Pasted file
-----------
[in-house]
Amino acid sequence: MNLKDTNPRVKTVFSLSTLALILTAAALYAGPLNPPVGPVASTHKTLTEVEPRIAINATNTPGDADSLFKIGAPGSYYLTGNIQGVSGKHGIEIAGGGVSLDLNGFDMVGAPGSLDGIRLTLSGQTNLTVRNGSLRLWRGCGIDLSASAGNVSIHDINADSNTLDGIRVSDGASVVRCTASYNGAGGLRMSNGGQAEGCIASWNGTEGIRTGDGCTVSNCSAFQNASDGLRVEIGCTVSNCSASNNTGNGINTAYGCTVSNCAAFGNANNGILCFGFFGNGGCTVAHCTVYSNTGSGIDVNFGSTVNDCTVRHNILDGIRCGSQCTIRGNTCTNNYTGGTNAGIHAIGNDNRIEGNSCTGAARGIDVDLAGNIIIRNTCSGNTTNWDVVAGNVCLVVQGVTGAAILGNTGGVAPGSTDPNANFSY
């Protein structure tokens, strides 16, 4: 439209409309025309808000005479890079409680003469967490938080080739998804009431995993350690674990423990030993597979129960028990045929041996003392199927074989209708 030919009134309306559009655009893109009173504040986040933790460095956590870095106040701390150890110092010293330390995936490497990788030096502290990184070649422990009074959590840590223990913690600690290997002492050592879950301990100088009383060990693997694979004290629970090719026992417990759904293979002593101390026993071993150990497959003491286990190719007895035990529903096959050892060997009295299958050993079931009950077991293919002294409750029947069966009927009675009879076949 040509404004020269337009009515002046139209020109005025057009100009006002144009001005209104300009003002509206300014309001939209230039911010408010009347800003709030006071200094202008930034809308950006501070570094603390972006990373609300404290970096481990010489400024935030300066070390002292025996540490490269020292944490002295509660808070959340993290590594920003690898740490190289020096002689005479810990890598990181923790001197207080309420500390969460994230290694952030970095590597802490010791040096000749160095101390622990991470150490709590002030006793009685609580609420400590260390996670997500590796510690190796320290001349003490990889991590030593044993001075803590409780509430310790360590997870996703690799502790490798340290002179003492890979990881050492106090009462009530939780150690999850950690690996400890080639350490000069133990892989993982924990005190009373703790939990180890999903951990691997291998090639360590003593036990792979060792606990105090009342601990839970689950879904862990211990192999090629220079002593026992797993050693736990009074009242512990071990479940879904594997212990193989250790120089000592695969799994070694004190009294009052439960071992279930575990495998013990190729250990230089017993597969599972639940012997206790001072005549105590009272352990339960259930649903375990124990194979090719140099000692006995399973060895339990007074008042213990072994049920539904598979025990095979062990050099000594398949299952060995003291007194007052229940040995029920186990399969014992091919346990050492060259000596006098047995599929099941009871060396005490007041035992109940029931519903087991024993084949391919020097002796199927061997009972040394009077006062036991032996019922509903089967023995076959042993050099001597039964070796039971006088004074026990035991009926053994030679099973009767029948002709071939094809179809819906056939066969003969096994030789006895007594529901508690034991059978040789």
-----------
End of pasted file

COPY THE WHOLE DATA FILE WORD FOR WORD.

[in-house]
Amino acid sequence: MNLKDTNPRVKTVFSLSTLALILTAAALYAGPLNPPVGPVASTHKTLTEVEPRIAINATNTPGDADSLFKIGAPGSYYLTGNIQGVSGKHGIEIAGGGVSLDLNGFDMVGAPGSLDGIRLTLSGQTNLTVRNGSLRLWRGCGIDLSASAGNVSIHDINADSNTLDGIRVSDGASVVRCTASYNGAGGLRMSNGGQAEGCIASWNGTEGIRTGDGCTVSNCSAFQNASDGLRVEIGCTVSNCSASNNTGNGINTAYGCTVSNCAAFGNANNGILCFGFFGNGGCTVAHCTVYSNTGSGIDVNFGSTVNDCTVRHNILDGIRCGSQCTIRGNTCTNNYTGGTNAGIHAIGNDNRIEGNSCTGAARGIDVDLAGNIIIRNTCSGNTTNWDVVAGNVCLVVQGVTGAAILGNTGGVAPGSTDPNANFSY
């Protein structure tokens, strides 16, 4: 439209409309025309808000005479890079409680003469967490938080080739998804009431995993350690674990423990030993597979129960028990045929041996003392199927074989209708 030919009134309306559009655009893109009173504040986040933790460095956590870095106040701390150890110092010293330390995936490497990788030096502290990184070649422990009074959590840590223990913690600690290997002492050592879950301990100088009383060990693997694979004290629970090719026992417990759904293979002593101390026993071993150990497959003491286990190719007895035990529903096959050892060997009295299958050993079931009950077991293919002294409750029947069966009927009675009879076949 040509404004020269337009009515002046139209020109005025057009100009006002144009001005209104300009003002509206300014309001939209230039911010408010009347800003709030006071200094202008930034809308950006501070570094603390972006990373609300404290970096481990010489400024935030300066070390002292025996540490490269020292944490002295509660808070959340993290590594920003690898740490190289020096002689005479810990890598990181923790001197207080309420500390969460994230290694952030970095590597802490010791040096000749160095101390622990991470150490709590002030006793009685609580609420400590260390996670997500590796510690190796320290001349003490990889991590030593044993001075803590409780509430310790360590997870996703690799502790490798340290002179003492890979990881050492106090009462009530939780150690999850950690690996400890080639350490000069133990892989993982924990005190009373703790939990180890999903951990691997291998090639360590003593036990792979060792606990105090009342601990839970689950879904862990211990192999090629220079002593026992797993050693736990009074009242512990071990479940879904594997212990193989250790120089000592695969799994070694004190009294009052439960071992279930575990495998013990190729250990230089017993597969599972639940012997206790001072005549105590009272352990339960259930649903375990124990194979090719140099000692006995399973060895339990007074008042213990072994049920539904598979025990095979062990050099000594398949299952060995003291007194007052229940040995029920186990399969014992091919346990050492060259000596006098047995599929099941009871060396005490007041035992109940029931519903087991024993084949391919020097002796199927061997009972040394009077006062036991032996019922509903089967023995076959042993050099001597039964070796039971006088004074026990035991009926053994030679099973009767029948002709071939094809179809819906056939066969003969096994030789006895007594529901508690034991059978040789």